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Blunted hypothalamic-pituitary-adrenal axis and insulin response to psychosocial stress in young adults born preterm at very low birth weight

Authors

  • Nina Kaseva,

    Corresponding author
    1. Department of Chronic Disease and Diabetes Prevention, National Institute for Health and Welfare, Helsinki, Finland
    2. Children's Hospital, Helsinki University Central Hospital and University of Helsinki, Helsinki, Finland
    • Correspondence: Nina Kaseva, Department of Chronic Disease and Diabetes Prevention, National Institute for Health and Welfare, P.O. Box 30, 00271 Helsinki, Finland. Tel.: +358 400 837526; Fax: +358 29 5248661; E-mail: nina.kaseva@fimnet.fi

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  • Karoliina Wehkalampi,

    1. Department of Chronic Disease and Diabetes Prevention, National Institute for Health and Welfare, Helsinki, Finland
    2. Children's Hospital, Helsinki University Central Hospital and University of Helsinki, Helsinki, Finland
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  • Riikka Pyhälä,

    1. Institute of Behavioral Sciences, University of Helsinki, Helsinki, Finland
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  • Elena Moltchanova,

    1. Department of Chronic Disease and Diabetes Prevention, National Institute for Health and Welfare, Helsinki, Finland
    2. Department of Mathematics and Statistics, University of Canterbury, Christchurch, New Zealand
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  • Kimmo Feldt,

    1. Institute of Behavioral Sciences, University of Helsinki, Helsinki, Finland
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  • Anu-Katriina Pesonen,

    1. Institute of Behavioral Sciences, University of Helsinki, Helsinki, Finland
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  • Kati Heinonen,

    1. Institute of Behavioral Sciences, University of Helsinki, Helsinki, Finland
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  • Petteri Hovi,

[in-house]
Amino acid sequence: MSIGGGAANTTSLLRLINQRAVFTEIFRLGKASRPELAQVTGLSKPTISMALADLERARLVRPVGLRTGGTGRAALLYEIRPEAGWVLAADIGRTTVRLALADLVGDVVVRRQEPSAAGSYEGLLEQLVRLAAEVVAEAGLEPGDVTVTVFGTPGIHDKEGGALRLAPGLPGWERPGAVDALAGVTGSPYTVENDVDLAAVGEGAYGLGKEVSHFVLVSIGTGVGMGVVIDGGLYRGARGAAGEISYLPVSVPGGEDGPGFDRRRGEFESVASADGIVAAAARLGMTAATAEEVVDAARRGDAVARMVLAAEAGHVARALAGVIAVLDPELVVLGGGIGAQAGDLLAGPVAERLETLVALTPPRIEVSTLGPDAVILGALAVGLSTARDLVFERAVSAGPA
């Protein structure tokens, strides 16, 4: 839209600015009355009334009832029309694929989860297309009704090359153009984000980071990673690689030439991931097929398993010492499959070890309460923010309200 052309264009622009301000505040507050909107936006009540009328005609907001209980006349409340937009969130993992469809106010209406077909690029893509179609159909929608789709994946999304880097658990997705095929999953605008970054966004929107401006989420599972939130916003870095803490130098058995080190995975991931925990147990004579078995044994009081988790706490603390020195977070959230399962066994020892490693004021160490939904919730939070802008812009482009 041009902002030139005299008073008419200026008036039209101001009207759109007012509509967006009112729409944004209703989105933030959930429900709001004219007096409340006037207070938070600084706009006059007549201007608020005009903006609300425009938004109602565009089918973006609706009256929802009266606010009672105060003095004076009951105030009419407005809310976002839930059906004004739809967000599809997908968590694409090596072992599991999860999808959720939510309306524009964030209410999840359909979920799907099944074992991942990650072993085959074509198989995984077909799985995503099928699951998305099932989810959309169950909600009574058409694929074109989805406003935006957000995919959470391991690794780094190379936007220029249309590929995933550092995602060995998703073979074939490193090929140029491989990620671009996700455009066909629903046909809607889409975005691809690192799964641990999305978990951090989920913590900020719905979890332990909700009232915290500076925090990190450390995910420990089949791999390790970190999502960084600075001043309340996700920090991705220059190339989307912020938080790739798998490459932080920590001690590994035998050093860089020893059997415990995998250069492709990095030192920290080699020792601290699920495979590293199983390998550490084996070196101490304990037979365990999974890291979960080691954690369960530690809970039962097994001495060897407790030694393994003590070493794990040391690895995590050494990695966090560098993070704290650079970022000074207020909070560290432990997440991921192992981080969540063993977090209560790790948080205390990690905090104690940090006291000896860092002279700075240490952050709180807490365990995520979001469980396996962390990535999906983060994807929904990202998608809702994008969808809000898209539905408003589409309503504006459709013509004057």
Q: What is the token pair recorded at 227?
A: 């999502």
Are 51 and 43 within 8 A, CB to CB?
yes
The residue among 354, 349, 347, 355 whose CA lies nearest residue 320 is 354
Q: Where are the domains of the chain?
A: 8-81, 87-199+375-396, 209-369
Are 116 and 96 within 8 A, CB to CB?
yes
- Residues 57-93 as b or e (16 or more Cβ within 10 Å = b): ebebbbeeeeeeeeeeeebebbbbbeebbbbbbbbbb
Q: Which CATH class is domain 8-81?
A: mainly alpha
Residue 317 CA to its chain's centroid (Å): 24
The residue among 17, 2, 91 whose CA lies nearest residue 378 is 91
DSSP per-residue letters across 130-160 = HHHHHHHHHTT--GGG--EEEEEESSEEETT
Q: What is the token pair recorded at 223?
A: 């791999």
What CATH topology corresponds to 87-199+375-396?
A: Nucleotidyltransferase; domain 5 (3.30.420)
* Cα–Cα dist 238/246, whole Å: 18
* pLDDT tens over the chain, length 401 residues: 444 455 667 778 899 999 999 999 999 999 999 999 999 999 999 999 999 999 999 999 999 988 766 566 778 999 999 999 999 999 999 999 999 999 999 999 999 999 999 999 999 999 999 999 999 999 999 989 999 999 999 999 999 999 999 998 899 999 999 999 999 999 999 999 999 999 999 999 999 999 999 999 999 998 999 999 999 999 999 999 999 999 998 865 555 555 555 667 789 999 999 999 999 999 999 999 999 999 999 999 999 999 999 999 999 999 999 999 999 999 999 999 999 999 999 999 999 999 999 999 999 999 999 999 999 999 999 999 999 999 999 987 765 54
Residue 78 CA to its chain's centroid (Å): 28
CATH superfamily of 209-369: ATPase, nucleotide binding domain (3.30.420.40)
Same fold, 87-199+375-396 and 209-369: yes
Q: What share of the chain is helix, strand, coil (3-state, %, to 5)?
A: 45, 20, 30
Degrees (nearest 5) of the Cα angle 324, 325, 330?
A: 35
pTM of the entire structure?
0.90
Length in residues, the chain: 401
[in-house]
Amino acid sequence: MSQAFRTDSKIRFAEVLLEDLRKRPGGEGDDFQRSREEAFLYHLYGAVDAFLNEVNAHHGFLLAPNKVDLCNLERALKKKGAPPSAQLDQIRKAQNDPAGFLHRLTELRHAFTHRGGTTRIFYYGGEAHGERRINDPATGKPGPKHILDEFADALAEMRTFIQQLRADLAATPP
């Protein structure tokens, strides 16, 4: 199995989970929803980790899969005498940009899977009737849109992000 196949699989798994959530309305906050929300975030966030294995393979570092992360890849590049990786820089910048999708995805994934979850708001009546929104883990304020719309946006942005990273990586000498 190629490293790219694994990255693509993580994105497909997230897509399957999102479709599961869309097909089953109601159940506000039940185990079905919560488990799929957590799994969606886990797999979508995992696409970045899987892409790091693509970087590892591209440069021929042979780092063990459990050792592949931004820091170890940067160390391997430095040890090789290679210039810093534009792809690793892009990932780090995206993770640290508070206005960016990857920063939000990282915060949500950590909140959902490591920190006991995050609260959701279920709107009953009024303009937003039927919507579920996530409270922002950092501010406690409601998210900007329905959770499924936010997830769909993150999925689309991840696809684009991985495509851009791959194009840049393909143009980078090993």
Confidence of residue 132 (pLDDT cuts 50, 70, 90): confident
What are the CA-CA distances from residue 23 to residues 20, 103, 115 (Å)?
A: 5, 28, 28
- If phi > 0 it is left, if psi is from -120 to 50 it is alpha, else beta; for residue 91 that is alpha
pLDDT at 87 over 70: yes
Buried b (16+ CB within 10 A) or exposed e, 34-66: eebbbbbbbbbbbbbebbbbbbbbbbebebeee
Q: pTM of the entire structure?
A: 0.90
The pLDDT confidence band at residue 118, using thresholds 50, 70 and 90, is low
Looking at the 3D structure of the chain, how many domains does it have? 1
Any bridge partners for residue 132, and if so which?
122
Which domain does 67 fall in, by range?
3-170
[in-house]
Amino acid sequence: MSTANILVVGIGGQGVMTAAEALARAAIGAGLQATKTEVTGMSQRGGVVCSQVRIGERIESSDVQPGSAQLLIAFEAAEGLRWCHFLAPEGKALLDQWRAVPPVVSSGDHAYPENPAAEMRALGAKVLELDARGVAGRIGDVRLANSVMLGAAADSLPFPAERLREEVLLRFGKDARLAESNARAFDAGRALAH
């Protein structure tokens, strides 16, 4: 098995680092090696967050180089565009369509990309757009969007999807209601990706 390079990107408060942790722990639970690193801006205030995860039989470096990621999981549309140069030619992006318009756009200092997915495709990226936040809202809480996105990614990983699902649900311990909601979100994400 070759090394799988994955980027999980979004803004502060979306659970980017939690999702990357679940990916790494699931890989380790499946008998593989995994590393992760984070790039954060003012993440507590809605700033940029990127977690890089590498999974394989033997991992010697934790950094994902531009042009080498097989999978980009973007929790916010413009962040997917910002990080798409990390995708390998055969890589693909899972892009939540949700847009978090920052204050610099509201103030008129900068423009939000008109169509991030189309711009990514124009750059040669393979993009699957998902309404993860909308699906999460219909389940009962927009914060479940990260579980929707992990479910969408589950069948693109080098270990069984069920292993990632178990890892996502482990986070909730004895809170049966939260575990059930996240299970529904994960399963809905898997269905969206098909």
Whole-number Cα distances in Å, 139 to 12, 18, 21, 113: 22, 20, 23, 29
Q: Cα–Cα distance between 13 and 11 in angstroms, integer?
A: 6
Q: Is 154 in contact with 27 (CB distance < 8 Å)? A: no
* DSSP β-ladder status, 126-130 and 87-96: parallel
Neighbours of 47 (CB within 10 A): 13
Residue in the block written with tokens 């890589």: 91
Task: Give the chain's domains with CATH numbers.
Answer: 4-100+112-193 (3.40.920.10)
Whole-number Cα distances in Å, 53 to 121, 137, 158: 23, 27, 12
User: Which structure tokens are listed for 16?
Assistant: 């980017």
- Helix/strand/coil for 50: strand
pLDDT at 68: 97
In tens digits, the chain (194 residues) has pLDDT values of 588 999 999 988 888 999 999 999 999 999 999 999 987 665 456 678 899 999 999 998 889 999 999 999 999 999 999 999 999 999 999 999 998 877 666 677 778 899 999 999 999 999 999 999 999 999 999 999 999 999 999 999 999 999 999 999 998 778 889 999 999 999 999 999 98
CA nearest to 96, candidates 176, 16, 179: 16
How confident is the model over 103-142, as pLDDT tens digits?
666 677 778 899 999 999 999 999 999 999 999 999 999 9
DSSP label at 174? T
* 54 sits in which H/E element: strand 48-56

1. Department of Chronic Disease and Diabetes Prevention, National Institute for Health and Welfare, Helsinki, Finland
    2. Children's Hospital, Helsinki University Central Hospital and University of Helsinki, Helsinki, Finland
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  • Anna-Liisa Järvenpää,

    1. Children's Hospital, Helsinki University Central Hospital and University of Helsinki, Helsinki, Finland
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  • Sture Andersson,

    1. Children's Hospital, Helsinki University Central Hospital and University of Helsinki, Helsinki, Finland
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  • Johan G. Eriksson,

    1. Department of Chronic Disease and Diabetes Prevention, National Institute for Health and Welfare, Helsinki, Finland
    2. Department of General Practice and Primary Health Care, University of Helsinki, Helsinki, Finland
    3. Unit of General Practice, Helsinki University Central Hospital, Helsinki, Finland
    4. Vasa Central Hospital, Vasa, Finland
    5. Folkhälsan Research Centre, Helsinki, Finland
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  • Katri Räikkönen,

    1. Institute of Behavioral Sciences, University of Helsinki, Helsinki, Finland
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  • Eero Kajantie

    1. Department of Chronic Disease and Diabetes Prevention, National Institute for Health and Welfare, Helsinki, Finland
    2. Children's Hospital, Helsinki University Central Hospital and University of Helsinki, Helsinki, Finland
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Summary

Background

Young adults born preterm at very low birth weight (VLBW, ≤1500 g) have higher levels of cardiovascular risk factors, including impaired glucose regulation, than their term-born peers. This could be mediated through altered hypothalamic-pituitary-adrenal axis (HPAA) response to stress.

Objective

To compare HPAA, glucose and insulin responses provoked by psychosocial stress in VLBW subjects versus a comparison group of term-born controls.

Design and participants

We studied 54 unimpaired young adults, aged 19–27 years, born at VLBW and a comparison group of 40 adults born at term, group-matched for age, sex and birth hospital, from one regional centre in southern Finland. The participants underwent a standardized psychosocial stress test (Trier Social Stress Test, TSST).

Measurements

In conjunction with TSST, we measured salivary cortisol, plasma ACTH, cortisol, glucose and insulin. Data were analysed with mixed-effects model and multiple linear regression analyses.

Results

Baseline concentrations for cortisol, ACTH, insulin and glucose were similar in VLBW and comparison groups. During TSST, analysed with mixed-effects model, overall concentrations of plasma cortisol were 17·2% lower (95% CI; 3·5 to 28·9) in the VLBW group. The VLBW group also had lower salivary (P = 0·04) and plasma cortisol (P = 0·02) responses to TSST. Insulin and glucose concentrations correlated with changes in cortisol concentrations. Accordingly, VLBW subjects had 26·5% lower increment in insulin (95% CI; 9·8–40·1). Analyses were adjusted for age, sex, body mass index, hormonal contraception, menstrual cycle phase, time of day and parental education.

Conclusions

VLBW adults have lower HPAA responses to psychosocial stress than term-born controls. This is accompanied by a lower insulin response.

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